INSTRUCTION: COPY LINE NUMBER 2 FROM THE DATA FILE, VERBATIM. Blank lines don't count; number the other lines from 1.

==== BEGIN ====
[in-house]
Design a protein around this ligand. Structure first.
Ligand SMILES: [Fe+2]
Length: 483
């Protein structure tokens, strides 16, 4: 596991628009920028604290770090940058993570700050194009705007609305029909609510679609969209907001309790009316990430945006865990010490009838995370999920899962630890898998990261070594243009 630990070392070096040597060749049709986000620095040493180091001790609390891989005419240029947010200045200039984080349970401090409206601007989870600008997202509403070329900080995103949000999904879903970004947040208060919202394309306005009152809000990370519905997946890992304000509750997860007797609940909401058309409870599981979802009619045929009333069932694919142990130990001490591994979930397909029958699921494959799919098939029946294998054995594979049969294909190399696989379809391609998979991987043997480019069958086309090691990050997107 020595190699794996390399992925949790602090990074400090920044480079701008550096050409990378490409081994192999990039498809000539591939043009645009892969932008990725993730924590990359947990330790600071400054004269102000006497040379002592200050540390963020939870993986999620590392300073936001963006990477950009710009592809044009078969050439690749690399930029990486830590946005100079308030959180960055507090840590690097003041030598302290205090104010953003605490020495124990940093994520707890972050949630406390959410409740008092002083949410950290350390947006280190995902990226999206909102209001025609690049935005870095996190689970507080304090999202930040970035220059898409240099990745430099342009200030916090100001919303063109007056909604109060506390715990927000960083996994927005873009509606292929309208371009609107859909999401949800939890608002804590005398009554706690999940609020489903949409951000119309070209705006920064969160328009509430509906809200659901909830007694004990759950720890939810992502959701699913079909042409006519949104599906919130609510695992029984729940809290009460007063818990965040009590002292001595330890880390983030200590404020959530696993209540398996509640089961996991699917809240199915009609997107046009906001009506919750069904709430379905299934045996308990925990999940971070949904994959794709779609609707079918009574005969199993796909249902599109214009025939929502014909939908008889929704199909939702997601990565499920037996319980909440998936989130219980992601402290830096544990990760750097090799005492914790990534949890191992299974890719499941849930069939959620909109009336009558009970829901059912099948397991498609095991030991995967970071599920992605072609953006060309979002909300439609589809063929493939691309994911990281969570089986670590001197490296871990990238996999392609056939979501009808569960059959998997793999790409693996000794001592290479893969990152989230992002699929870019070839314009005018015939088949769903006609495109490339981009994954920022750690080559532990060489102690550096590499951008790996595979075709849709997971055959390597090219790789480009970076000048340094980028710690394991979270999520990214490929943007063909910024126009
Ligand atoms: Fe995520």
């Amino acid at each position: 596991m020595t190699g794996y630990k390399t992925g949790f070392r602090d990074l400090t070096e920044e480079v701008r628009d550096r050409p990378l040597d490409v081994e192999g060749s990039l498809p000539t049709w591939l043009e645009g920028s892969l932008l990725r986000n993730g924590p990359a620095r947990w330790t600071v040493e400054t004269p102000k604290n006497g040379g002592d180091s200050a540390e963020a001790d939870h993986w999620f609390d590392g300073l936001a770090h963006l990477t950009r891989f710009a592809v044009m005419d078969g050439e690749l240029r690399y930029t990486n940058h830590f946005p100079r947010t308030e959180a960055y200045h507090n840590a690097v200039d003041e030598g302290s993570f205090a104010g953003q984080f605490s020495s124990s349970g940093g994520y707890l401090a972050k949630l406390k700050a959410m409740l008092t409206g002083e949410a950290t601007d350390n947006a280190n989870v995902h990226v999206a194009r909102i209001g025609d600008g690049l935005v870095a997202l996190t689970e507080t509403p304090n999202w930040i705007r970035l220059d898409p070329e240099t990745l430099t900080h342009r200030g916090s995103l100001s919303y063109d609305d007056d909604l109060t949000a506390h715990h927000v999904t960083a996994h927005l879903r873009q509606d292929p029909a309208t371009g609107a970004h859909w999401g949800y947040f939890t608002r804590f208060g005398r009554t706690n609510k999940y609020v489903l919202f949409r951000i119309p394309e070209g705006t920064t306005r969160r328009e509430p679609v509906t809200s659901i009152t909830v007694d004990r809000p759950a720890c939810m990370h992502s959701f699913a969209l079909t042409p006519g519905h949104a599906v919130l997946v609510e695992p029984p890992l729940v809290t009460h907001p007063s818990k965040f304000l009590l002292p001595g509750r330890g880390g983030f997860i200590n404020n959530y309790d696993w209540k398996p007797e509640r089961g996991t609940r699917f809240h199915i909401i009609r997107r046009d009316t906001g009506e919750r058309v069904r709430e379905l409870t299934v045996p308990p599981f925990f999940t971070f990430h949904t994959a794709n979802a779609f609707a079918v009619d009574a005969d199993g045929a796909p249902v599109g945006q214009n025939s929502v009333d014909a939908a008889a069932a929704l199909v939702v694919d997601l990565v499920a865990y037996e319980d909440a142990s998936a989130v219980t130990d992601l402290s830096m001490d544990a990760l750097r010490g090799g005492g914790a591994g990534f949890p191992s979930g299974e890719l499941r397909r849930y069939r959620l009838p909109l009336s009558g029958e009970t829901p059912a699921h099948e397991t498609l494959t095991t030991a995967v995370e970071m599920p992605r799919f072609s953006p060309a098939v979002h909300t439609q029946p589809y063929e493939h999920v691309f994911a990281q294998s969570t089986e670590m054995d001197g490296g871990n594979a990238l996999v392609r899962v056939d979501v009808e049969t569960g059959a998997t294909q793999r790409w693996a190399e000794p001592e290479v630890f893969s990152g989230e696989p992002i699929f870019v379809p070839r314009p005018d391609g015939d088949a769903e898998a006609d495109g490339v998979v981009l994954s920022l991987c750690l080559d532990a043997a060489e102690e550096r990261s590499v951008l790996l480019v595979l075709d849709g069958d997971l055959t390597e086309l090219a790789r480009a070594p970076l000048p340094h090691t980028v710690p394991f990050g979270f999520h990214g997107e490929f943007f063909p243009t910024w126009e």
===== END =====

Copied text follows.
Design a protein around this ligand. Structure first.